Zen Koans Explained: "Incense Burner"

A simple piece of tape: one side smooth to the touch, the other sticky. It binds for us, but it does not bind us. How does the sticky side taste? The man who knows is forever silent.

The koan: "Incense Burner"

A woman of Nagasaki named Kame was one of the few makers of incense burners in Japan. Such a burner is a work of art to be used only in a tearoom or before a family shrine.

Kame, whose father before her had been such an artist, was fond of drinking. She also smoked and associated with men most of the time. Whenever she made a little money she gave a feast inviting artists, poets, carpenters, workers, men of many vocations and avocations. In their association she evolved her designs.

Kame was exceedingly slow in creating, but when her work was finished it was always a masterpiece. Her burners were treasured in homes whose womenfolk never drank, smoked, or associated freely with men.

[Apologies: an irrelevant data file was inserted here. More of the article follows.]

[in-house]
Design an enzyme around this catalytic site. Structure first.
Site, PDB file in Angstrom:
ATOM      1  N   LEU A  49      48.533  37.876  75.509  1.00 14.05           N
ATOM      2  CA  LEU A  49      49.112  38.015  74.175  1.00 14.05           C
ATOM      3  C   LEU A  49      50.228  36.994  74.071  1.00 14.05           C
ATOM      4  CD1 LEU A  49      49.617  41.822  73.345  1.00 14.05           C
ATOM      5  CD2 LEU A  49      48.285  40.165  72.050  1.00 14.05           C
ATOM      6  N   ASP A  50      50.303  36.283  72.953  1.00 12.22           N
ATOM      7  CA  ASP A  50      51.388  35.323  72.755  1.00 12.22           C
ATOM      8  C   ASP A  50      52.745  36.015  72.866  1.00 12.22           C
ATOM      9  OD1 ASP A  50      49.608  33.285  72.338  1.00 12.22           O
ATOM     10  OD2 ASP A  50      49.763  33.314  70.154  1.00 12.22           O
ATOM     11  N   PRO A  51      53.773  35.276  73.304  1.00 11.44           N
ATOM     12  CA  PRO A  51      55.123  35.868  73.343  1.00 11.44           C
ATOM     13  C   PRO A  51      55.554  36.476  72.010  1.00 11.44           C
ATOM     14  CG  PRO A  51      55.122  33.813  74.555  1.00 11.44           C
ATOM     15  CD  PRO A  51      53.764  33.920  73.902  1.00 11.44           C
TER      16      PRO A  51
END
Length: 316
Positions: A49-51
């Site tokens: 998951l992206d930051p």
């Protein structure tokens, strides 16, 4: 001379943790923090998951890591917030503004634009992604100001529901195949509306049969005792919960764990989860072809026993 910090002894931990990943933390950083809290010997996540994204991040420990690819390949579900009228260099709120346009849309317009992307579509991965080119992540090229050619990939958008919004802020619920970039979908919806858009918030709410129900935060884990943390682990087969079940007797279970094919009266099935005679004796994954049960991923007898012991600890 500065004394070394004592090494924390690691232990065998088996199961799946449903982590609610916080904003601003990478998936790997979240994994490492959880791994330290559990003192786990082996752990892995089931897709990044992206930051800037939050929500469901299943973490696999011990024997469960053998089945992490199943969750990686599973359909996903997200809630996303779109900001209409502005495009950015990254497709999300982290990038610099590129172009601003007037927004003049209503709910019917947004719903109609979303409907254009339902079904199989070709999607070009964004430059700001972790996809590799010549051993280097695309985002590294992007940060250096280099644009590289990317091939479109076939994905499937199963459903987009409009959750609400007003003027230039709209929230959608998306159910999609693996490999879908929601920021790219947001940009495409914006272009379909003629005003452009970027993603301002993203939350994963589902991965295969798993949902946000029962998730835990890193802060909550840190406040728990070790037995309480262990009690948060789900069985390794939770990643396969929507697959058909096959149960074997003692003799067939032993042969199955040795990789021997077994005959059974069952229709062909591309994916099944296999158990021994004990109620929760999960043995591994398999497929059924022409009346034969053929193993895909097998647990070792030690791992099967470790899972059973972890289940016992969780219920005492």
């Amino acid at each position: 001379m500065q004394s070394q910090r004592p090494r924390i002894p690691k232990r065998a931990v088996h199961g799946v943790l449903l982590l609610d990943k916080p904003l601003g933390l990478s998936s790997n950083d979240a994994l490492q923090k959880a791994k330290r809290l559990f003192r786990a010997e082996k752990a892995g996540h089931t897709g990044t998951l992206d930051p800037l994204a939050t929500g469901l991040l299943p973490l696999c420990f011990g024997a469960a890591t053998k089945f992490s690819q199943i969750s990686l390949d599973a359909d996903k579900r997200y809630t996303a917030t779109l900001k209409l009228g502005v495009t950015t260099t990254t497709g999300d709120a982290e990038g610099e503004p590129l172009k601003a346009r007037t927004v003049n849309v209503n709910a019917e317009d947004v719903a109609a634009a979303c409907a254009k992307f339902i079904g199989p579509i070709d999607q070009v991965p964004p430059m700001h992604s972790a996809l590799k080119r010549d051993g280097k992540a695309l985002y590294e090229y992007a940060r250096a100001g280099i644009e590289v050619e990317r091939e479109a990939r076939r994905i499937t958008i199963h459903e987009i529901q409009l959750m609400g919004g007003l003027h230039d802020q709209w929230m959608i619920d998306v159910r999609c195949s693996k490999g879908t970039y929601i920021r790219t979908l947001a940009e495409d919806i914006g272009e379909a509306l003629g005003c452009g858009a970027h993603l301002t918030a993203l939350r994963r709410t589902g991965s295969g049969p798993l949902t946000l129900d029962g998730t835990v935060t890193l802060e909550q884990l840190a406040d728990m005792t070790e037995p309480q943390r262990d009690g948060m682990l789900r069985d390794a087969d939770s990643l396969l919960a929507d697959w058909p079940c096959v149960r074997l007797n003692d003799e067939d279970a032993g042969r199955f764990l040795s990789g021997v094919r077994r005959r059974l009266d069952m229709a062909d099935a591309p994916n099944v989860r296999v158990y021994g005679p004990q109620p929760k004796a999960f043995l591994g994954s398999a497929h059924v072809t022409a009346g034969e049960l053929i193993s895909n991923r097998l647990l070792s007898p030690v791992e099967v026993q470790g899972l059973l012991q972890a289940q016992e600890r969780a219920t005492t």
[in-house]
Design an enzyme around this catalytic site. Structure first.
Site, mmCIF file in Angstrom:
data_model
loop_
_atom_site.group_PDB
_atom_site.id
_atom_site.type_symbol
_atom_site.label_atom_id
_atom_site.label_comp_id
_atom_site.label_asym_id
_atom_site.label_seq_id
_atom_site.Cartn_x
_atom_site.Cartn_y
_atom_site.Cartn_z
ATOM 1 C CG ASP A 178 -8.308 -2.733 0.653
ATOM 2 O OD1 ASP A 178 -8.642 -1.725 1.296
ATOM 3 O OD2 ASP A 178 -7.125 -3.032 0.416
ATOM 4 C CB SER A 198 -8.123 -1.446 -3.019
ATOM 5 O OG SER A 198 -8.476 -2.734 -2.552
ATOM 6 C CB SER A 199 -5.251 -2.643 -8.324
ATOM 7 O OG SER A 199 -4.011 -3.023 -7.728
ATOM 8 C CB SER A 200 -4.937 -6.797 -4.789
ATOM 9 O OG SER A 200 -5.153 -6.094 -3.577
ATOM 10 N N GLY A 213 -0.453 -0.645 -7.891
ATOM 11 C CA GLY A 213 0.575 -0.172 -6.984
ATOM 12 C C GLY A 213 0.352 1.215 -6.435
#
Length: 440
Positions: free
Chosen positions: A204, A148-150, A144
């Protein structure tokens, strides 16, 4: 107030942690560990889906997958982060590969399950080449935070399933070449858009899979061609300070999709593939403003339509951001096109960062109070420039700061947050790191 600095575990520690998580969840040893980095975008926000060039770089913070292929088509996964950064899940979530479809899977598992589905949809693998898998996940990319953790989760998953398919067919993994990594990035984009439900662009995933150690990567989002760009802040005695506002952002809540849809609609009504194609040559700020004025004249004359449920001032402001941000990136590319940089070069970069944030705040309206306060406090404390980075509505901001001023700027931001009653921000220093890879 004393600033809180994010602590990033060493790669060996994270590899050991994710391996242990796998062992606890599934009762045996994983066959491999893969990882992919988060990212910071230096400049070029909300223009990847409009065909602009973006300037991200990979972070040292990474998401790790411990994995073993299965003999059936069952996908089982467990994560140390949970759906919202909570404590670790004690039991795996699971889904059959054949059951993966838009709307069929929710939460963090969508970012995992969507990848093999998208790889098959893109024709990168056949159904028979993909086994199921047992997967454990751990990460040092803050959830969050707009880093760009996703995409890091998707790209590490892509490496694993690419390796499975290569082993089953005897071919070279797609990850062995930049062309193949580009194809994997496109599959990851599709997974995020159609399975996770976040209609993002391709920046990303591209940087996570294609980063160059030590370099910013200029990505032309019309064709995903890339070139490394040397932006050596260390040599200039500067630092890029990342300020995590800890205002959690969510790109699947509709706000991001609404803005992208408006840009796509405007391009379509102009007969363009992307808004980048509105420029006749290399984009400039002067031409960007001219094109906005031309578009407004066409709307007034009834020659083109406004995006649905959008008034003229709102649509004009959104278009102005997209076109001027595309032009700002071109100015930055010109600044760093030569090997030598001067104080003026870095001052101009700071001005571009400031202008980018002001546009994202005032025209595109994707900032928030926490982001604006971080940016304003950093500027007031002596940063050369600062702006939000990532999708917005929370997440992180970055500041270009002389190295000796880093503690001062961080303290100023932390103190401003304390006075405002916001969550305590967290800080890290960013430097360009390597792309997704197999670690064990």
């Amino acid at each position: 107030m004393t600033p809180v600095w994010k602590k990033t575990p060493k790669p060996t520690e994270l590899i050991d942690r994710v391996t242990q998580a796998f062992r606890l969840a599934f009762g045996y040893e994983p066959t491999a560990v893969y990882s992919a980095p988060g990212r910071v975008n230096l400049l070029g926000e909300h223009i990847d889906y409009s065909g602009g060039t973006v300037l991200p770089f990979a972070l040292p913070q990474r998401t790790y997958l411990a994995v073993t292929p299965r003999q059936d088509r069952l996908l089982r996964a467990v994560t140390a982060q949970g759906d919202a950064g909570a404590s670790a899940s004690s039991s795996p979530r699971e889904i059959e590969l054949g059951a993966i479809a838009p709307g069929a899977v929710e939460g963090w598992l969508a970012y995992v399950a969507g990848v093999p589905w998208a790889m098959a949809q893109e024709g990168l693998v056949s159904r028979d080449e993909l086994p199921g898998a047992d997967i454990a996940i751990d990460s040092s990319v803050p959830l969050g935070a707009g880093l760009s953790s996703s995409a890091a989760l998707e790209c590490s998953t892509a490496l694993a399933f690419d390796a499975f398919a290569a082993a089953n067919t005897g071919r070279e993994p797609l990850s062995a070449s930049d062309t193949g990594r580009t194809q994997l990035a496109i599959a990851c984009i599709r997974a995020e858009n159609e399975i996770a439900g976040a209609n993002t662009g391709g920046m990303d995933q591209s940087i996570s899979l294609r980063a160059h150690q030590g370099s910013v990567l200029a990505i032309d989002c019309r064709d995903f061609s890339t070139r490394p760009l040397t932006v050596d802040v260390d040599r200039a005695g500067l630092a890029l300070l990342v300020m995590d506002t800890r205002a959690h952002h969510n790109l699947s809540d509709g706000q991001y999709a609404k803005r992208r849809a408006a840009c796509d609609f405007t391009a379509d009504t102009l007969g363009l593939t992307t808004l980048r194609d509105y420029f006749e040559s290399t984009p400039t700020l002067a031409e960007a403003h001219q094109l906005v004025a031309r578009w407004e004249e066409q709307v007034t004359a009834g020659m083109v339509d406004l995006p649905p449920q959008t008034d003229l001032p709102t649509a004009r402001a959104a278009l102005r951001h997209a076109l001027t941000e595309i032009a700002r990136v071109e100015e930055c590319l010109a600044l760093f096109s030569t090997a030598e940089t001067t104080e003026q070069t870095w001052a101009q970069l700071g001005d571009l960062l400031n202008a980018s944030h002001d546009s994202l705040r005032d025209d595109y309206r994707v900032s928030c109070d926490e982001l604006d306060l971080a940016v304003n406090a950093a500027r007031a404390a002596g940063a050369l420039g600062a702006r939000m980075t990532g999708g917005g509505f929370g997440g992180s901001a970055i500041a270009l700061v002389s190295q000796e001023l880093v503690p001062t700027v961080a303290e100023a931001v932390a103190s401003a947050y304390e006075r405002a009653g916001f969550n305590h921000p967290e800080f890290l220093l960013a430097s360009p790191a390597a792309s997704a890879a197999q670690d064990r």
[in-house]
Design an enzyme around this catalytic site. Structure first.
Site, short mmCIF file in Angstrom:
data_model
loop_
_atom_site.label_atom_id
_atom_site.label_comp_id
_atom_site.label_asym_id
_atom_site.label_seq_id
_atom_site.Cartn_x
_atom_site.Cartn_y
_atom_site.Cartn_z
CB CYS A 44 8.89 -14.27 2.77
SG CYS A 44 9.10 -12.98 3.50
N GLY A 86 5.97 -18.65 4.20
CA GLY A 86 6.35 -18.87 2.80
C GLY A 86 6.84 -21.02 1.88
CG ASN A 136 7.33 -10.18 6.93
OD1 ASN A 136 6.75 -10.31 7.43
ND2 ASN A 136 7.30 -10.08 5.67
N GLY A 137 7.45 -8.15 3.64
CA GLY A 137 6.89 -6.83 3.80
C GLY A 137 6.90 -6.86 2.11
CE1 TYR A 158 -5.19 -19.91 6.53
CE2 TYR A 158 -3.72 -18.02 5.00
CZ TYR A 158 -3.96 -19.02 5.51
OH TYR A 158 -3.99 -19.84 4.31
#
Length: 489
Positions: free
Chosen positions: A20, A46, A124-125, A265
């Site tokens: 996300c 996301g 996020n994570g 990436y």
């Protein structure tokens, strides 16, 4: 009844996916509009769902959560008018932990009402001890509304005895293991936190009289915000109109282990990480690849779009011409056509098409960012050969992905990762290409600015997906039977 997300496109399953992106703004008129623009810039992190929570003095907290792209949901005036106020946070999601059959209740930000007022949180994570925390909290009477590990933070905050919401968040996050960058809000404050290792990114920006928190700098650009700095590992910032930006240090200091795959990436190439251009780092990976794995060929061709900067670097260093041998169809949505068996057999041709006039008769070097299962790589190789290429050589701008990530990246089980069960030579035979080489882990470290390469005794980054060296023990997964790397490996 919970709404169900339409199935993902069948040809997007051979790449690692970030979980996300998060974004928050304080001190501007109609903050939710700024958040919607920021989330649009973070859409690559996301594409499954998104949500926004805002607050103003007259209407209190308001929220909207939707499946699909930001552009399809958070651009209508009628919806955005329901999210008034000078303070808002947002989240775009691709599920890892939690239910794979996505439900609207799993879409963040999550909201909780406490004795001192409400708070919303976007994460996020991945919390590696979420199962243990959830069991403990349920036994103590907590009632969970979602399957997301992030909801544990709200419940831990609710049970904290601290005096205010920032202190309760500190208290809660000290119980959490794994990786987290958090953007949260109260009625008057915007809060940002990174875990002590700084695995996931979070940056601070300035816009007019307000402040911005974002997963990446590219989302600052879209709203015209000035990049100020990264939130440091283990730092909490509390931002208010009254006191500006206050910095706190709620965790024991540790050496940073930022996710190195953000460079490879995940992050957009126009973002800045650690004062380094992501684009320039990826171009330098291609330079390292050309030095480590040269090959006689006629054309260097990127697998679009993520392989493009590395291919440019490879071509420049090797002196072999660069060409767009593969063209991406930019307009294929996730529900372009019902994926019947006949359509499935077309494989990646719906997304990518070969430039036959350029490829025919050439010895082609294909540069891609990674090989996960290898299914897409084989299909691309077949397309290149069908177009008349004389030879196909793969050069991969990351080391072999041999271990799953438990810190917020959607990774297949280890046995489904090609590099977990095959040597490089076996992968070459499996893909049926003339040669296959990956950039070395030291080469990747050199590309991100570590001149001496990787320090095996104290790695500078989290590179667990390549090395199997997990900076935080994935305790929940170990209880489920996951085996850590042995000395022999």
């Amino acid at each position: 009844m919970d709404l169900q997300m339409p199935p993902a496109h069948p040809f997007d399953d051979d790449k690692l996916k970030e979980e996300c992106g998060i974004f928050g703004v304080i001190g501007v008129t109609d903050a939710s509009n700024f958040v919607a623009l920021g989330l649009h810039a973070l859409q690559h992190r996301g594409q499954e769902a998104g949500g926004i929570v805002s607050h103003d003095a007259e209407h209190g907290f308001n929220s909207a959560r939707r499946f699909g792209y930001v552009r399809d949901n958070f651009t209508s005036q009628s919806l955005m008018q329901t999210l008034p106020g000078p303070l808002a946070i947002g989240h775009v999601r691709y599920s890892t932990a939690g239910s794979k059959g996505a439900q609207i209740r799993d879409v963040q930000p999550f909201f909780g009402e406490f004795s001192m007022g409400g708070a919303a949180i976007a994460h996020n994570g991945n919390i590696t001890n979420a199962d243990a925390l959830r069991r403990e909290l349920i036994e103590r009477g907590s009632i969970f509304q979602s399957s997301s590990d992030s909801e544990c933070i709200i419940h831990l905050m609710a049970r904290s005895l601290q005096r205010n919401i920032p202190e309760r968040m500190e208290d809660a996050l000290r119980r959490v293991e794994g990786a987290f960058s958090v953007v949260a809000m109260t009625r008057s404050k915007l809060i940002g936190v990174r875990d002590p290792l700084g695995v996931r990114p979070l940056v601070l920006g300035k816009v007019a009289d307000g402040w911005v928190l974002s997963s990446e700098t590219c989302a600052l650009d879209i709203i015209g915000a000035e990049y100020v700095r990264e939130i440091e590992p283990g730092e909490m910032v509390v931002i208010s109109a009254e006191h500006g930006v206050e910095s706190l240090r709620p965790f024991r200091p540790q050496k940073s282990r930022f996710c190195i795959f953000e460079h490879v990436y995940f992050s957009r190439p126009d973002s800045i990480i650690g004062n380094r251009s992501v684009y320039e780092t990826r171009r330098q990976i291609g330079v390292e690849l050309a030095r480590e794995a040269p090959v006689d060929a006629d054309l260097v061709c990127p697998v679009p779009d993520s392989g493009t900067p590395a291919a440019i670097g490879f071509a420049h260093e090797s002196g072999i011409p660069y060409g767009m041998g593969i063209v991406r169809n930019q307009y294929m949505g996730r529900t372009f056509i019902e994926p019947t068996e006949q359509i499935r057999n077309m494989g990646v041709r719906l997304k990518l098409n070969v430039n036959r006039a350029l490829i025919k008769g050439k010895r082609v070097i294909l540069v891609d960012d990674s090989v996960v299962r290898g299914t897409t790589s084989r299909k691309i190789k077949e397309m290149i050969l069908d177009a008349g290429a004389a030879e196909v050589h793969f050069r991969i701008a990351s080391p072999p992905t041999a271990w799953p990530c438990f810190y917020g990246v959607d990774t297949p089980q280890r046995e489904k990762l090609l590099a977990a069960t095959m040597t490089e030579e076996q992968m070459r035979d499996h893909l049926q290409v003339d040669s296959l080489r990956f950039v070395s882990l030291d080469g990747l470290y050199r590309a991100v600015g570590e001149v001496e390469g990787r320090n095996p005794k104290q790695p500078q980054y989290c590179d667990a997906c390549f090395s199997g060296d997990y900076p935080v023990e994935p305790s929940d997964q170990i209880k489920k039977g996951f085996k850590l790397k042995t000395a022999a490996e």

The mayor of Nagasaki once requested Kame to design an incense burner for him. She delayed doing so until almost half a year had passed. At that time the mayor, who had been promoted to office in a distant city, visited her. He urged Kame to begin work on his burner.

At last receiving the inspiration, Kame made the incense burner. After it was completed she placed it upon a table. She looked at it long and carefully. She smoked and drank before it as if it were her own company. All day she observed it.

At last, picking up a hammer, Kame smashed it to bits. She saw it was not the perfect creation her mind demanded.

The enlightenment: Kame is an alcoholic.

This has been "Zen Koans Explained." Like bad gum.

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